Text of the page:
Today, the leading edge of a new form of service integration is almost upon us. We need to recognize this very important fact. We also need to prepare for the very dramatic changes that will ensue in its wake. I and my colleague, Roger Kathol, M.D., just have chronicled this development in Annals of Internal Medicine (Volume 160, Number 1, Pages 61-65) in our article, “Fostering Sustainable, Integrated Medical and Behavioral Health Services in Medical Settings” . Here, I will provide a brief overview.
To restate a very well-known point, service integration not only is needed, it is absolutely essential: Mental health and substance use clients die at least 25 years younger than other Americans because they lack the basic primary care that we all take for granted. Similarly, persons with long-term health problems, such as diabetes or heart conditions, fare more poorly and die younger when they also experience untreated mental and substance use conditions. The case for integration is very, very clear.
What have we done to foster integration of primary care, mental health, and substance use services?
Treat and Refer. Our earliest efforts at service integration simply involved treatment for a behavioral health condition, followed by referral to a primary care physician. No working relationship existed between these treatment providers. A considerable literature has developed which documents that Treat and Refer simply does not work well. The client hardly ever arrives at the second treatment site.
Co-Location/Bidirectional Integration. Partly to resolve the problems of Treat and Refer, Co-Location has been adopted more recently. This involves placing a behavioral health service unit next to a primary care unit at the same site, or vice versa. Hence, this model also is called Bidirectional Integration. Although Co-Location has had somewhat greater success for clients that Treat and Refer, it has not solved the fundamental issue of sustainability. First, because behavioral healthcare funds are carved out, or separated, from health care funds, payment mechanisms in such services are complex and difficult. Second, because the system itself is sustained by grant funds rather than service funds, Co-Location is an unstable arrangement.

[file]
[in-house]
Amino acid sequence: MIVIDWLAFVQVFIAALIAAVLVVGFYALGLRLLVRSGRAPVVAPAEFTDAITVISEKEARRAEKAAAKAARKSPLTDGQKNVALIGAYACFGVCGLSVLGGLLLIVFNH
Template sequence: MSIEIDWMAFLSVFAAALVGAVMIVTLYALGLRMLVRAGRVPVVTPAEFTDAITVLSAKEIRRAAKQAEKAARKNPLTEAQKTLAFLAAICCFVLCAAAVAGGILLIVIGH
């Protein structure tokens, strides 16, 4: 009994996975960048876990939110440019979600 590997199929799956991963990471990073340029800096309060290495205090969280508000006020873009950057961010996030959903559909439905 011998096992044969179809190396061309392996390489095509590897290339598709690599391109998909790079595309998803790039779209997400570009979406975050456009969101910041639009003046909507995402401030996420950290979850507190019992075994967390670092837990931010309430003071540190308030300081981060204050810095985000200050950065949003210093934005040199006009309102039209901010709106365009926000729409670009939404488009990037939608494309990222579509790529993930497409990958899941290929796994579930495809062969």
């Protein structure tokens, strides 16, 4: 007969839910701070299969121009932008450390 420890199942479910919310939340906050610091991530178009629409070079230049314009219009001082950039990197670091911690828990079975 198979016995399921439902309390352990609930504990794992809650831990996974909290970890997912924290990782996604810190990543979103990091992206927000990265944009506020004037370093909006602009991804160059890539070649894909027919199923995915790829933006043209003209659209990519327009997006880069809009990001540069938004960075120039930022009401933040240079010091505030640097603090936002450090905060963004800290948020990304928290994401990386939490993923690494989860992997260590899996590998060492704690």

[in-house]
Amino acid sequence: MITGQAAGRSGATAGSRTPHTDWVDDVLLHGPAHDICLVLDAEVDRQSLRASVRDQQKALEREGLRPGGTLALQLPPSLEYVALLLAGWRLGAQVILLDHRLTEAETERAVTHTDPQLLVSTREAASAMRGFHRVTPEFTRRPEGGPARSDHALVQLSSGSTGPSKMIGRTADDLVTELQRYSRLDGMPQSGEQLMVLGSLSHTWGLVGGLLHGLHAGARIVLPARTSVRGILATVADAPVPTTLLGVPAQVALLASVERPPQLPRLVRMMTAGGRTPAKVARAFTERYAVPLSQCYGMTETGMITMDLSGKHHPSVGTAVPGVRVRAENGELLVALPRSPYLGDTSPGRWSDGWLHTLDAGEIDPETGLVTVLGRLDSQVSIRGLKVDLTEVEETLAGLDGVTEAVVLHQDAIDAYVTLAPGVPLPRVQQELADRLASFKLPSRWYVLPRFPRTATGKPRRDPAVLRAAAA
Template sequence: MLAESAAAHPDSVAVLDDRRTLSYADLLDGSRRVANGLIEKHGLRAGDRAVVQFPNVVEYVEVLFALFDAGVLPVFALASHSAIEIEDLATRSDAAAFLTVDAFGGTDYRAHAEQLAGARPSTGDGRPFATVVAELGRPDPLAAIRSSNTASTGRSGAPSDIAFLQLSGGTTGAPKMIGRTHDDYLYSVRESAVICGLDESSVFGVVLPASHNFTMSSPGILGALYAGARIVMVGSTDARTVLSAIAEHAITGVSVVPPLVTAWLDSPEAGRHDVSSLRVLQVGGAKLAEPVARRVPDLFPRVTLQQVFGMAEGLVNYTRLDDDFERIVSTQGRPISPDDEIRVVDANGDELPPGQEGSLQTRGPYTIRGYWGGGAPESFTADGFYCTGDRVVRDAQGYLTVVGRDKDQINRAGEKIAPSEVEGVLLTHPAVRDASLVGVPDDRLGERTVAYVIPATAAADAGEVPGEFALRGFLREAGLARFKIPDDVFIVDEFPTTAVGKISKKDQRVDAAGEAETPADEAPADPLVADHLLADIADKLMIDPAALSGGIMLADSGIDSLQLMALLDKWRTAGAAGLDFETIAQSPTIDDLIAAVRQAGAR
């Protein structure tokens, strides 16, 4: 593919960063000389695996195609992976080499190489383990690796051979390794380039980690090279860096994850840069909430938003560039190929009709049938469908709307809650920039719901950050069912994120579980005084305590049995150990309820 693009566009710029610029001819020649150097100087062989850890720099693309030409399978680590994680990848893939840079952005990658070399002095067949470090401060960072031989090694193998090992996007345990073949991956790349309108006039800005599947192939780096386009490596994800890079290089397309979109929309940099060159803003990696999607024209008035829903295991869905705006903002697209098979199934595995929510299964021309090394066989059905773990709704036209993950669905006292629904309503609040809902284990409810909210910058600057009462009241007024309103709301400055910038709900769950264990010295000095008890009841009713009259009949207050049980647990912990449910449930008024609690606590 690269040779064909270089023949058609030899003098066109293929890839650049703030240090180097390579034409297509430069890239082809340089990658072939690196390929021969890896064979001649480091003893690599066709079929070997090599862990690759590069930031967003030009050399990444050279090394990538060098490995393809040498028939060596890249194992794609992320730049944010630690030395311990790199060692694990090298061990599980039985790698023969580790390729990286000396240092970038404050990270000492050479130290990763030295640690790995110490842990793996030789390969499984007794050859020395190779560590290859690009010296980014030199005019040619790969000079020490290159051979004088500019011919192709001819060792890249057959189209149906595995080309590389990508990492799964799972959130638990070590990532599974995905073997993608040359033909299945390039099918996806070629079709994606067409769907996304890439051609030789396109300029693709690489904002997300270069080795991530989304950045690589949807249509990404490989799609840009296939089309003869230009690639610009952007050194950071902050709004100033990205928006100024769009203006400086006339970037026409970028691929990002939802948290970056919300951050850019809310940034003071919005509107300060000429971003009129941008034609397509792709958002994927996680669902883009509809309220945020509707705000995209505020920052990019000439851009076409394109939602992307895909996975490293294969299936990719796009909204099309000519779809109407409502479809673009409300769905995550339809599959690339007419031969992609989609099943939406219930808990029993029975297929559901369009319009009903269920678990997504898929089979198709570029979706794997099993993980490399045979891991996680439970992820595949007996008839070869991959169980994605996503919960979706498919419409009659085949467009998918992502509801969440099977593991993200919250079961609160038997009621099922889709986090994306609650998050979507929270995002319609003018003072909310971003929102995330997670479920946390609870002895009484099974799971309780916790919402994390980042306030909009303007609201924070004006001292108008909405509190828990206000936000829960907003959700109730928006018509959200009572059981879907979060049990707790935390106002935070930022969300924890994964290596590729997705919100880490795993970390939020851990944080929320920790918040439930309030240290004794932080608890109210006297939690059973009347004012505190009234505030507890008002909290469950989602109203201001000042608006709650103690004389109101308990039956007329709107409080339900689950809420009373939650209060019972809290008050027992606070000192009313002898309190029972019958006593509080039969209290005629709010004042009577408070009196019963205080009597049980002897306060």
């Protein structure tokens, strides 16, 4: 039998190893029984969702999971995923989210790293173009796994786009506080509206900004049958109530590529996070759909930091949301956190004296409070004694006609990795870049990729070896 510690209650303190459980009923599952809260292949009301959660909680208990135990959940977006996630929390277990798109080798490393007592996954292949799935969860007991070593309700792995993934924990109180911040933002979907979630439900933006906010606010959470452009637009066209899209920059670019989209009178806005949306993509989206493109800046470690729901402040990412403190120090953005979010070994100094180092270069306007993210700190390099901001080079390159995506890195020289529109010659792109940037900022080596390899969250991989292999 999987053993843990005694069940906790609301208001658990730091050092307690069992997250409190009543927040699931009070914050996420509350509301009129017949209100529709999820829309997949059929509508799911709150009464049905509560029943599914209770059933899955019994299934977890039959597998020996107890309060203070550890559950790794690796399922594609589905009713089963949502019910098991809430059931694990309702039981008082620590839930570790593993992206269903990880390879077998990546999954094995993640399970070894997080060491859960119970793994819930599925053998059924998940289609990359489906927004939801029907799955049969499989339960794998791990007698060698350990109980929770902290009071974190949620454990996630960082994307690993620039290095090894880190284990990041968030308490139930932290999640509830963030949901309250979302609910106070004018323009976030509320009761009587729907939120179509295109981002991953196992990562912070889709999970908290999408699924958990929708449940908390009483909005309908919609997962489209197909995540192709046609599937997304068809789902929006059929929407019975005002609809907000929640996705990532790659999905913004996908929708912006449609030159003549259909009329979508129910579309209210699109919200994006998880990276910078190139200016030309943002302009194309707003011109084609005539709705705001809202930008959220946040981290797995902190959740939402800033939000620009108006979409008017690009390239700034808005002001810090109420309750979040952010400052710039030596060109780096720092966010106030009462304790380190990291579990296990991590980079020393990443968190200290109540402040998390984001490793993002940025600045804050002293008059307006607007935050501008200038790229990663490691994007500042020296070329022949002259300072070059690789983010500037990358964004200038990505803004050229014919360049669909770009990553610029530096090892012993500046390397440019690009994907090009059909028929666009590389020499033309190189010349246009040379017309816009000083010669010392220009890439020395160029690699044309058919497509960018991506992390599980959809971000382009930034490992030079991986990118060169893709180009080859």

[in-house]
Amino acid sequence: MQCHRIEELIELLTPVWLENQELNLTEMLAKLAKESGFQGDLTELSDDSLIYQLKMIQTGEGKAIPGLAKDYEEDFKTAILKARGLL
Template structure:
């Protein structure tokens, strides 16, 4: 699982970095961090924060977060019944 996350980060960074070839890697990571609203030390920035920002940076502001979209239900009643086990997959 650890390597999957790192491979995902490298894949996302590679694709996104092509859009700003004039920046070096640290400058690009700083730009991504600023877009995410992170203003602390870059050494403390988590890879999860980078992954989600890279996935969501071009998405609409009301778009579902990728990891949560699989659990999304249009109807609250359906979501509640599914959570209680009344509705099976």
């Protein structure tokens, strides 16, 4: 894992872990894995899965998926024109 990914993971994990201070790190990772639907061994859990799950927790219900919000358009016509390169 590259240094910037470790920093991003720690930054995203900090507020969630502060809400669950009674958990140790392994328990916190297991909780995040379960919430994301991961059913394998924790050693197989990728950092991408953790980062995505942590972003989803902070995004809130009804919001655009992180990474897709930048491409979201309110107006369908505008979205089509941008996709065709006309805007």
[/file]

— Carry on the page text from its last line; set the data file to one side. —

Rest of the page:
An equally important issue also arises with Co-Location. Because behavioral healthcare and primary care treatment providers actually do not function together as a team, complex case are very difficult to serve successfully, and primary care services are not infused with key behavioral healthcare concepts, such as whole health, shared decision making, and recovery.
Full Integration. Because of the problems with co-Location, we are on the cusp of a third model, which we simply call Full Integration. In this model, primary care and behavioral healthcare providers function together as an integrated team. Further, behavioral healthcare funds are either carved in or fully integrated with primary care funds, thus making it much easier to pay for needed care.
Full Integration can occur in a Primary Care Medical Home or in a Behavioral Healthcare Health Home. This model does not imply that behavioral healthcare will disappear in either setting, since performance measures will be required to assure that behavioral healthcare services are actually delivered when needed.